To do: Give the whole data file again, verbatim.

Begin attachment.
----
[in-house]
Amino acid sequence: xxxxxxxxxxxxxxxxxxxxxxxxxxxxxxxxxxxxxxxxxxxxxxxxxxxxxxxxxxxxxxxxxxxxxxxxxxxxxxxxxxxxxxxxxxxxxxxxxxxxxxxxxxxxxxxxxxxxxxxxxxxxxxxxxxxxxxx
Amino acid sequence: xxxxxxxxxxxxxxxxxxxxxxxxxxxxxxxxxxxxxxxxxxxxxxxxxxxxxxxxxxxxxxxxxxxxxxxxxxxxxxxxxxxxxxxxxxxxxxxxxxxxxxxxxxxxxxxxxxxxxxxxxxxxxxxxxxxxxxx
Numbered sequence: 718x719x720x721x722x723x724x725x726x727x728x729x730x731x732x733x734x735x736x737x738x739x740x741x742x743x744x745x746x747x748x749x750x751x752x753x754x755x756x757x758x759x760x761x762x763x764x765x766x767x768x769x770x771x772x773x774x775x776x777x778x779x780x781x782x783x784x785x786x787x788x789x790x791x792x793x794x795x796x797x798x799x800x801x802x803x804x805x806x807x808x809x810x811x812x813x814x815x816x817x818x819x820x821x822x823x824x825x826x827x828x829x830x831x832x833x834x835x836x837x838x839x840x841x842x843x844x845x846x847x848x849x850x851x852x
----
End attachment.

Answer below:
[in-house]
Amino acid sequence: xxxxxxxxxxxxxxxxxxxxxxxxxxxxxxxxxxxxxxxxxxxxxxxxxxxxxxxxxxxxxxxxxxxxxxxxxxxxxxxxxxxxxxxxxxxxxxxxxxxxxxxxxxxxxxxxxxxxxxxxxxxxxxxxxxxxxxx
Amino acid sequence: xxxxxxxxxxxxxxxxxxxxxxxxxxxxxxxxxxxxxxxxxxxxxxxxxxxxxxxxxxxxxxxxxxxxxxxxxxxxxxxxxxxxxxxxxxxxxxxxxxxxxxxxxxxxxxxxxxxxxxxxxxxxxxxxxxxxxxx
Numbered sequence: 718x719x720x721x722x723x724x725x726x727x728x729x730x731x732x733x734x735x736x737x738x739x740x741x742x743x744x745x746x747x748x749x750x751x752x753x754x755x756x757x758x759x760x761x762x763x764x765x766x767x768x769x770x771x772x773x774x775x776x777x778x779x780x781x782x783x784x785x786x787x788x789x790x791x792x793x794x795x796x797x798x799x800x801x802x803x804x805x806x807x808x809x810x811x812x813x814x815x816x817x818x819x820x821x822x823x824x825x826x827x828x829x830x831x832x833x834x835x836x837x838x839x840x841x842x843x844x845x846x847x848x849x850x851x852x